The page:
Mad Isn't Bad: A Child's Book about Anger

Mad Isn't Bad: A Child's Book about Anger

by Michaelene Mundy, R. W. Alley

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You can be angry—and still be good. That’s normal. Through understanding what anger feels like and what triggers it, we can learn and teach healthy ways to handle it. Mad Isn’t Bad offers kids a positive and honest view of anger—and what to do with it.

Product Details

ISBN-13: 9781497683020
Publisher: CareNotes
Publication date: 09/02/2014
Series: Elf-help Books for Kids
Sold by: Barnes & Noble
Format: NOOK Book
Pages: 32
Sales rank: 703,590
File size: 4 MB
Age Range: 8 - 12 Years

About the Author

Michaelene Mundy is the author of three other books in the Elf-help Books for Kids series. A school guidance counselor, she has also taught elementary school and has worked with learning-disabled children. She holds master’s degrees in school and community counseling, as well as in education. She is the mother of three children.
R. W. Alley is the illustrator for the popular Abbey Press adult series of Elf-help books, as well as an illustrator and writer of children’s books. He lives in Barrington, Rhode Island, with his wife, daughter, and son. See a wide variety of his works at:

Read an Excerpt

Mad Isn't Bad

A Child's Book about Anger

By Michaelene Mundy, R. W. Alley

Abbey Press

Copyright © 1999 Michaelene Mundy
All rights reserved.
ISBN: 978-1-4976-8302-0


Mad Isn't Bad

Feelings like happiness and sadness, fear and anger are all part of being alive and being you. Go ahead and feel your feelings. It's good to be you!

You might think it's bad to be angry, but that's not true. It's normal to feel angry when you think you are not being treated fairly. It's how you show your anger that can sometimes be a problem for you or those around you.

Mad Can Even Be Good

Anger is like fire. Fire is good when it keeps us warm and helps us cook food. But fire can sometimes get out of control.

Anger can be good when it makes you want to do something about a bad situation. It can give you energy to work harder to solve a problem or to get that project right. When your team is losing a game, anger can put more power behind that swing or kick. Anger can help you to tell someone what's bothering you, so you can work together to work things out.

What Makes You Mad?

Sometimes you may think you have to be perfect. You might get angry when you can't do something as well as someone older.

People may do or say things that make you angry, even though they might not know they're hurting you.

Sometimes you might feel frustrated when you can't fix a problem or change a bad situation. And sometimes things just go wrong. It's not anybody's fault.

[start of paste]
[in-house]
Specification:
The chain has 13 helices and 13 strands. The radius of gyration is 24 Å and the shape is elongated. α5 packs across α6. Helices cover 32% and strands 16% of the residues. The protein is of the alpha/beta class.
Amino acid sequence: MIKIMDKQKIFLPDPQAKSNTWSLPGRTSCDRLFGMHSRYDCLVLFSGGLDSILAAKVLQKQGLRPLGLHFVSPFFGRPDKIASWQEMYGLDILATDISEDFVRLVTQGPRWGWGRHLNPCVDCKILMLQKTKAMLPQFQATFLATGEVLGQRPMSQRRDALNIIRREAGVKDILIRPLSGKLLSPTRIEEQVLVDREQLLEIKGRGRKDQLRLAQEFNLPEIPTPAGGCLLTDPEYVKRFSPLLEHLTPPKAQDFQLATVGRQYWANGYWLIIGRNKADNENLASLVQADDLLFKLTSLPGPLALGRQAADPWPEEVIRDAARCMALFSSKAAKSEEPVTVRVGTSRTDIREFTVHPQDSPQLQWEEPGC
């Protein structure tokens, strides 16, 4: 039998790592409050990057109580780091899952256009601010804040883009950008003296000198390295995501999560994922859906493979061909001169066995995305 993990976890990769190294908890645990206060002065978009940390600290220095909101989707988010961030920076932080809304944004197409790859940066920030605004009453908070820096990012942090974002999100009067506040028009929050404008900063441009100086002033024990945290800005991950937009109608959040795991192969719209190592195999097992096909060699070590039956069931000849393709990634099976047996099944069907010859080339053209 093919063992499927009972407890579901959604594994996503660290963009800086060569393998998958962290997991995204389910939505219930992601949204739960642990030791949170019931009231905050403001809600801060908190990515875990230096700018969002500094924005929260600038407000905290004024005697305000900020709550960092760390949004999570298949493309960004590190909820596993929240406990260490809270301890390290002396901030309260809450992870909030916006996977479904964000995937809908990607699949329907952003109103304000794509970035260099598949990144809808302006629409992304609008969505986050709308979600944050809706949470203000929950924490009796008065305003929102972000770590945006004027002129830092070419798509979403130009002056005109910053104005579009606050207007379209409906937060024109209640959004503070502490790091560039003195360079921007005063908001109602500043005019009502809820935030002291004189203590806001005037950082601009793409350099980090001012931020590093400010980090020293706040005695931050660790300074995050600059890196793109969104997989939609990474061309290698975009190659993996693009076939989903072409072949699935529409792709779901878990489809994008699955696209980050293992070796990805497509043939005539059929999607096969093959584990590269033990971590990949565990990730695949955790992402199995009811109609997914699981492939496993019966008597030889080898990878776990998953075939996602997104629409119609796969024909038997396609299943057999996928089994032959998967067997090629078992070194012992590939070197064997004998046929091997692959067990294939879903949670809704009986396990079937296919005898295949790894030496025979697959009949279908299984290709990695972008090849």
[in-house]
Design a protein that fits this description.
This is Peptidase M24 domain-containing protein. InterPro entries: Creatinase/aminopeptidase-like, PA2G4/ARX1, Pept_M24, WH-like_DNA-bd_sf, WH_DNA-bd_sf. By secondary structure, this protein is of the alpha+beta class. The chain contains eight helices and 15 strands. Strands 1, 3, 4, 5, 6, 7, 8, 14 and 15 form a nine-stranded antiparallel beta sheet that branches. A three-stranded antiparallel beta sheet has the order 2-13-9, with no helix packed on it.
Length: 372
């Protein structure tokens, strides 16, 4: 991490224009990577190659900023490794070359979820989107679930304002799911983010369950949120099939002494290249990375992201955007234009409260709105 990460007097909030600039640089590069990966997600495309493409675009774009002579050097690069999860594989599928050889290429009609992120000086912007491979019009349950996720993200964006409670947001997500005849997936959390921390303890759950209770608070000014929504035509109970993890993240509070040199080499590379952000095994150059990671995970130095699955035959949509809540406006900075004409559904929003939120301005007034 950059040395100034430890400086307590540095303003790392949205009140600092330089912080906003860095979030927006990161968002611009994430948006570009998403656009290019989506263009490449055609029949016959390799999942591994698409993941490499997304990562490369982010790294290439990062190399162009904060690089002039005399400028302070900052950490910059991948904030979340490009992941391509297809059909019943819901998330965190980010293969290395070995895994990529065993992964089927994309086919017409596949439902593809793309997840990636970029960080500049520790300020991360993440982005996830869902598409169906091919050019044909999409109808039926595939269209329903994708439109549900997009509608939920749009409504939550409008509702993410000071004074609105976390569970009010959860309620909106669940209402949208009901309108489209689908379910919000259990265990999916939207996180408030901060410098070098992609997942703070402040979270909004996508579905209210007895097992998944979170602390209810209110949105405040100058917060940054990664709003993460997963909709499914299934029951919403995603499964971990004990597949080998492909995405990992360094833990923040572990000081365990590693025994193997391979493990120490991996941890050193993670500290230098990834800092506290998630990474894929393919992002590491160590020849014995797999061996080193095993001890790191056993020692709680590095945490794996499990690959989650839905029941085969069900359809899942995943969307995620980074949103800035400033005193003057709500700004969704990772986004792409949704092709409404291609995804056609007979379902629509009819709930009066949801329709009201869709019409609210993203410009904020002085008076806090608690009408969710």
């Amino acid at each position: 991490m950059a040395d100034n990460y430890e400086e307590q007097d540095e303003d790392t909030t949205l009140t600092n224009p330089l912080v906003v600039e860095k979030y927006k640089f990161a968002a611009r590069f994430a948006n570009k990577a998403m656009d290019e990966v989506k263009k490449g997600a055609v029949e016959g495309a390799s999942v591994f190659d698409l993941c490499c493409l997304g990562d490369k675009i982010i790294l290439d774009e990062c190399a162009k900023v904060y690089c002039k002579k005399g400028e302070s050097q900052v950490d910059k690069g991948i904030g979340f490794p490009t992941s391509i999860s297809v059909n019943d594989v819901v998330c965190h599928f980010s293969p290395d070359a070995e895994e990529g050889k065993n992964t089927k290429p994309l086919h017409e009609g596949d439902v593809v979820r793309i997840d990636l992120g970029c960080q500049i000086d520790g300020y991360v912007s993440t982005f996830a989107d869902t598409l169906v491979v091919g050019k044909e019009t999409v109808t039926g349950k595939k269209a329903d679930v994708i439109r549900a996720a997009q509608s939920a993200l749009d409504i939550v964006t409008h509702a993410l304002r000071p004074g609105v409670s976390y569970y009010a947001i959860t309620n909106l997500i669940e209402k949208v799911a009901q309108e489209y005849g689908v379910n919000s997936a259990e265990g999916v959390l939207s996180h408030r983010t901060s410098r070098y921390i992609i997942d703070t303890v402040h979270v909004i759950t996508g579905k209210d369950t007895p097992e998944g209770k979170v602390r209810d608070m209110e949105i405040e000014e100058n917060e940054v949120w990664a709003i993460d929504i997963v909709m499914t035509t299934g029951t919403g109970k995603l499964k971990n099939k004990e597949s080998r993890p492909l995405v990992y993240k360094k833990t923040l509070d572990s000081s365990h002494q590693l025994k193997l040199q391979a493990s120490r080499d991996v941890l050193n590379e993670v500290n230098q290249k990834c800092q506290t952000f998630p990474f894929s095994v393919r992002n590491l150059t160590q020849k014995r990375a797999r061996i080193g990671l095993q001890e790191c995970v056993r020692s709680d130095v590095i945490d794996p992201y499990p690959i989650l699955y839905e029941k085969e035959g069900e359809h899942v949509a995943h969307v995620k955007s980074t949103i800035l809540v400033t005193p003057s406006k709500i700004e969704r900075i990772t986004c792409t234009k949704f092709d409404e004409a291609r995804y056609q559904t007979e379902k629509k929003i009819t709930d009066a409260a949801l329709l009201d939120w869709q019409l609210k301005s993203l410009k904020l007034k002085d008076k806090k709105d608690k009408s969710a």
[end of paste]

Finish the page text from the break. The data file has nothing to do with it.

It helps to know exactly what you're mad at. You might be mean to the cat because you really are still mad at the kid who was mean to you at recess.

What Does "Mad" Feel Like?

Anger can make you feel like you're going to explode. Your face feels hot, you breathe faster, and your heart beats faster. Your hands want to grab, hit, or throw something, and your feet want to kick or run. Your voice wants to yell or cry.

Anger gives you energy. Try to think of some safe ways to use that energy without hurting yourself, others, or other people's things.

Why You Need to Let Out Your Anger

Unless you let out your anger in a safe way, you may just keep blaming someone else or yourself—and stay mad. This doesn't feel good and gets you nowhere with the problem.

Anger can be "catching." If you get mad and throw something or hit someone, the other person might get angry, too. You'll end up feeling worse instead of better.

But if you can find good ways to let out the energy of anger, you'll feel better. You might even find yourself laughing later at what you must have looked or sounded like!

You Can CHOOSE What to Do

Anger can be scary when you don't know how to handle it. But you can make choices about what to do with your anger. You can yell and throw a fit—or you can stay calm. If you are able to stay calm, you will be able to act in a fairer and smarter way.

When something makes you angry, you don't have to do something about it right then. Stop and count to ten (or 100!) and THINK about the best thing to do or say.

It's natural to want to blame someone else for making you angry. But YOU are the one who's angry, and YOU are the one who can do something about it. Think about what made you mad. Ask yourself what you can do to feel better.


Excerpted from Mad Isn't Bad by Michaelene Mundy, R. W. Alley. Copyright © 1999 Michaelene Mundy. Excerpted by permission of Abbey Press.
All rights reserved. No part of this excerpt may be reproduced or reprinted without permission in writing from the publisher.
Excerpts are provided by Dial-A-Book Inc. solely for the personal use of visitors to this web site.

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